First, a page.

Step 4: Having a Hearing • The judge will have a meeting at the courthouse, called a hearing. • At the hearing, the judge will listen to people talk about if the person needs a guardian. • What the judge listens to and reads at the hearing is called evidence. ►►The person canalso ask other people to give evidence at the hearing.◄◄
Step 5: Making a Decision The judge will: • Decide if the person needs a guardian. • Decide what the guardian can do. • Sign papers that say what the judge decides. ►►The person must get a copy of the papers, called the “Letters of Guardianship.”◄◄
What can a guardian do? The judge will decide what choices the guardian can make for the person. • A full guardian has the right to make many choices for a person. • A partial guardian can only make the choices that the papers, or the Letters of Guardianship, say.
What can a full guardian do? • Afullguardian can make decisions about: housing treatment work or school service providers money
What can a partial guardian do? • A partialguardian can only make the choices that the judge allows. ►►It is important toknow what choices a partial guardian can and cannot make.◄◄
Can the guardianship be changed? Does a guardianship have to last forever? NO! A person can ask the judge to: Endthe guardianship Limitthe decisions the guardian makes Choose a new guardian
Changing (cont.) The person or any friend can file papers with the court to ask the judge to change the guardianship. ►►The lawyer chosen for the person earlier can help change the guardianship later.◄◄
Changing (cont.) • Step 1: File paperwork with the court. • Step 2: Have a new evaluation or give the court new information. • Step 3: Have a new hearing. • Step 4: Get a new order from the judge. ►►To end the guardianship, you should have new tests that say that you can make safe choices by yourself.◄◄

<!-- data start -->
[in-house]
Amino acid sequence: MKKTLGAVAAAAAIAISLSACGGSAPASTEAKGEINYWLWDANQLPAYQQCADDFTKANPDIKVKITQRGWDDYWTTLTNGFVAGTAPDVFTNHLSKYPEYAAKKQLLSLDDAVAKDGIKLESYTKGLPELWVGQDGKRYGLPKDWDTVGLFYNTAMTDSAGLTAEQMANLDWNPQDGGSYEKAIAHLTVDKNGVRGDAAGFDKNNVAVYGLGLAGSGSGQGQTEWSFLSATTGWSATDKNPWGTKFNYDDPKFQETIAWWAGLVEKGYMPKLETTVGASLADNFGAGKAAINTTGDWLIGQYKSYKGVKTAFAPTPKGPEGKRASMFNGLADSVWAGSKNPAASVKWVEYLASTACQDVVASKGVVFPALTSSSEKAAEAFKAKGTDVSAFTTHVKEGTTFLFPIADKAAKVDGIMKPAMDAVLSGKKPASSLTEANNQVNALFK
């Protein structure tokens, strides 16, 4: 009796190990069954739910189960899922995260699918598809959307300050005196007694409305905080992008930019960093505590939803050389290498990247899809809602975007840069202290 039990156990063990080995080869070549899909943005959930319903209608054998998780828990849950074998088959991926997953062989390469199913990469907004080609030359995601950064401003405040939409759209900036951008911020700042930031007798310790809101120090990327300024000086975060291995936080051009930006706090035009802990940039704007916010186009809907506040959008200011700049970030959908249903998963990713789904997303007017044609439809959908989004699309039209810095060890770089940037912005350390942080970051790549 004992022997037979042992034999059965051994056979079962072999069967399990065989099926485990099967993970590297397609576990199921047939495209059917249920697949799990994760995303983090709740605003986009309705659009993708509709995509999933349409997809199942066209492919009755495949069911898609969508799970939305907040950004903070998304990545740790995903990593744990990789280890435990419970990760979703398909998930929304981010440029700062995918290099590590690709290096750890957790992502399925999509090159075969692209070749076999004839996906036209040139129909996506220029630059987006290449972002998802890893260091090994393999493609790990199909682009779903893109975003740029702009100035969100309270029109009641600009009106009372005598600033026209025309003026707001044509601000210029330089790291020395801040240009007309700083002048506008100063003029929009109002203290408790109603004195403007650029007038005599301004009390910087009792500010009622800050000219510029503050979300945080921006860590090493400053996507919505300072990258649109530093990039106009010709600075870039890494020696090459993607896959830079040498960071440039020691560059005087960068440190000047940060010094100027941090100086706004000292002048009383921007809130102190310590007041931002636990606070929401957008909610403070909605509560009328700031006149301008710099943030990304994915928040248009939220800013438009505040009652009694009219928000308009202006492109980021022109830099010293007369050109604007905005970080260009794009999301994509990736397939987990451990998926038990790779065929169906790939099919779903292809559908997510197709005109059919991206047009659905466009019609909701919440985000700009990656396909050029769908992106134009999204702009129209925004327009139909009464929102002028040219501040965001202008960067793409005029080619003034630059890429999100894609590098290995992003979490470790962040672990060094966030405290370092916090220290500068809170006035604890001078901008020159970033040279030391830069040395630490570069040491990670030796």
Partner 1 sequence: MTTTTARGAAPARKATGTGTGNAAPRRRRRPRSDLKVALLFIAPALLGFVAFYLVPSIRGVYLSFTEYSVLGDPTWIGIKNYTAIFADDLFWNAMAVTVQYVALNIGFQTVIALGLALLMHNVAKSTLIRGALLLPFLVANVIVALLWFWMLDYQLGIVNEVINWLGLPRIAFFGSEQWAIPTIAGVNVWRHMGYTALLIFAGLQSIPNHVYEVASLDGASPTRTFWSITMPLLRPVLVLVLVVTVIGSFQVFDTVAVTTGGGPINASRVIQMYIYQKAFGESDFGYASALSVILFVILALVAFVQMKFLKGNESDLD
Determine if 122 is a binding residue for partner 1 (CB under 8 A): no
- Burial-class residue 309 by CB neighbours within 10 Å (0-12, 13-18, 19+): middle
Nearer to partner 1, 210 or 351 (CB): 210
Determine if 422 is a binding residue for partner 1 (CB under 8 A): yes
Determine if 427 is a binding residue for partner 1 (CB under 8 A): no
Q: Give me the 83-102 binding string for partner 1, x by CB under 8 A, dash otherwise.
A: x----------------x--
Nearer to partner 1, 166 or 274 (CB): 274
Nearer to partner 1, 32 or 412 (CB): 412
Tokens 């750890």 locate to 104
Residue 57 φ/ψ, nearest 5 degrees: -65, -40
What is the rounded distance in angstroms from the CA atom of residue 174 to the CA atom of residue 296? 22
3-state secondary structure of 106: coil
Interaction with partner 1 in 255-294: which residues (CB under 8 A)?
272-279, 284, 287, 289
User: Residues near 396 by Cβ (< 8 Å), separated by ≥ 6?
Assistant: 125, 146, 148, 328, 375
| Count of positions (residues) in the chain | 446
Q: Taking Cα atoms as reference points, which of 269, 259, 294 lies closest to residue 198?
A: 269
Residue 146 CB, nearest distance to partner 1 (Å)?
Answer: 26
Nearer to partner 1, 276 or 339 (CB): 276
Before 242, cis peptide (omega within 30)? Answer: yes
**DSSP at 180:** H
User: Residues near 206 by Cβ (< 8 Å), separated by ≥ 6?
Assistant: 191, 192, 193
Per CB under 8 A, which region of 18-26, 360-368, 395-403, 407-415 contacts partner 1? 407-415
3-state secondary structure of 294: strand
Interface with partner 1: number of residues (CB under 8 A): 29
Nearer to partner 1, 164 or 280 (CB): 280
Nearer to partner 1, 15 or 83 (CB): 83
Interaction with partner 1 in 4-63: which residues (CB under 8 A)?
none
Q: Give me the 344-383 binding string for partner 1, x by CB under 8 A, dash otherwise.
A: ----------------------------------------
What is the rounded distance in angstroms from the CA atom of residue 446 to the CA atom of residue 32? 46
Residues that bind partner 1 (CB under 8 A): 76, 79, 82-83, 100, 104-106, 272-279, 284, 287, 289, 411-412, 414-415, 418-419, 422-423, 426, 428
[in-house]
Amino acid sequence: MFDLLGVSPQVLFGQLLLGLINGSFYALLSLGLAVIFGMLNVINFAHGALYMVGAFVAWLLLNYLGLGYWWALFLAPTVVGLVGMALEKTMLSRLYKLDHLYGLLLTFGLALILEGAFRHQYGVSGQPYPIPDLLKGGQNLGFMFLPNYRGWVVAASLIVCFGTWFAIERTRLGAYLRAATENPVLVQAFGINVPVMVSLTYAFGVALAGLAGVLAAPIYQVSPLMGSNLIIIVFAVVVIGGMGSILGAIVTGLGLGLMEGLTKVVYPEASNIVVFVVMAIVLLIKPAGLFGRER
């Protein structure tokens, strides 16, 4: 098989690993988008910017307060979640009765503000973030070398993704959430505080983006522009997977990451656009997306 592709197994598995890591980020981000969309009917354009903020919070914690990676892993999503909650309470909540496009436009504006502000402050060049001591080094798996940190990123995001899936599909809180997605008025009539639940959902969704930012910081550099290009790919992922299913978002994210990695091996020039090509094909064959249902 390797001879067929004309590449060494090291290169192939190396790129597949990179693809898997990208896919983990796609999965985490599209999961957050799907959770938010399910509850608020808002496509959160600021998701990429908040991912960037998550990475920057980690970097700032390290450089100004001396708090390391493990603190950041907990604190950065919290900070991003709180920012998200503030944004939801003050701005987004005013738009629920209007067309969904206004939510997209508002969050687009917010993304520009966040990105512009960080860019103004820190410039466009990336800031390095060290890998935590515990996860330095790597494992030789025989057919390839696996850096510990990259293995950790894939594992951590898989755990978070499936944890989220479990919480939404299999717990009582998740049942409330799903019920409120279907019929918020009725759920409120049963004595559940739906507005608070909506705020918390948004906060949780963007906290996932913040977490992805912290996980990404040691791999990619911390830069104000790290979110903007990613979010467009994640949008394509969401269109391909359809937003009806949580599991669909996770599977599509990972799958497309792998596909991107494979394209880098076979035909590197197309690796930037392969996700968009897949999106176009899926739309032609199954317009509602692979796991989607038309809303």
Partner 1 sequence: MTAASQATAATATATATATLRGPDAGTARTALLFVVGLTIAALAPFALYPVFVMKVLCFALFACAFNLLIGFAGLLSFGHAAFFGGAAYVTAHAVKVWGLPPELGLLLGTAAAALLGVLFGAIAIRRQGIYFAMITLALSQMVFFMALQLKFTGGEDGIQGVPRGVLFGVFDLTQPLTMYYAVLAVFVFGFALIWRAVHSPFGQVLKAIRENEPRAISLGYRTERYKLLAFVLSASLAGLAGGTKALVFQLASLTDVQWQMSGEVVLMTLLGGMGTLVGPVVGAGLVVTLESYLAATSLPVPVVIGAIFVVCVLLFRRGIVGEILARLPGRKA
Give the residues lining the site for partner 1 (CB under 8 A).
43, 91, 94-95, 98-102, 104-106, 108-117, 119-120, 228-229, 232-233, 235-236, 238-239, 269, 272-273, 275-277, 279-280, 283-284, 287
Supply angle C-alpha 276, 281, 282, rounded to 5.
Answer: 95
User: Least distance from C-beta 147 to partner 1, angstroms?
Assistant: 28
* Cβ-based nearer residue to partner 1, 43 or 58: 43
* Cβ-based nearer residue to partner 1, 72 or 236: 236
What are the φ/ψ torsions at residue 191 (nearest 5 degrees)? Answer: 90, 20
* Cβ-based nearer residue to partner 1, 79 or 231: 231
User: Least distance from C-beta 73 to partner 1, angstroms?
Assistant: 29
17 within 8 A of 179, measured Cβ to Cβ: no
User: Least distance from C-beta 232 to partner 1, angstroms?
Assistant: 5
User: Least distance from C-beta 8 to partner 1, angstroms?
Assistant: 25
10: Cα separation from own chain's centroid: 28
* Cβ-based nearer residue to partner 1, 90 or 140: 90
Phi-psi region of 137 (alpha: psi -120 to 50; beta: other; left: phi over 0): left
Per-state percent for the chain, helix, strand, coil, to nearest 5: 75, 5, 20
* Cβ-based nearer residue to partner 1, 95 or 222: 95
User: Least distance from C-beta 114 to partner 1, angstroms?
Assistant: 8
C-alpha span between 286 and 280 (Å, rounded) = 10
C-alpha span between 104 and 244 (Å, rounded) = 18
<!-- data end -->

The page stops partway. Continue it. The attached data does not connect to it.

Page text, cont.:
REMEMBER: All people should be treated with dignitywhether or not they have a guardian. Does a person have rights under a guardianship?
Rights (cont.) • Dignitymeans having: ★Freedom ★Choice ★Respect ★Rights Self-determination is important for all.
Rights (cont.) At the hearing, the person has a right to: • Have a lawyer. • Have the judge know what the person wants. • Ask people questions. • Bring people to talk about what the person can do.
Rights (cont.) Even with a guardian, people have rights, such as the right to: • Vote • Have friends • Be safe from harm • Get information about themselves • Say what they think
Rights (cont.) • Get married or divorced • Have children • Keep information private • Make as many choices as possible • Have their things and money kept safe ►►Being a self-advocate means telling someone if you are denied your rights.◄◄
Credits DISABILITY RIGHTS IDAHO 1-800-262-3462 www.disabilityrightsidaho.org
Credits IDAHO COUNCIL ON DEVELOPMENTAL DISABILITIES 1-208-334-2178 www.icdd.idaho.gov
Credits IDAHO SELF-ADVOCATE LEADERSHIP NETWORK www.idahocdhd.org
Credits • This training was funded in part by the Administration on Developmental Disabilities. • The information does not necessarily reflect the views of that agency • This training is not meant to be legal advice. • Revised 9/09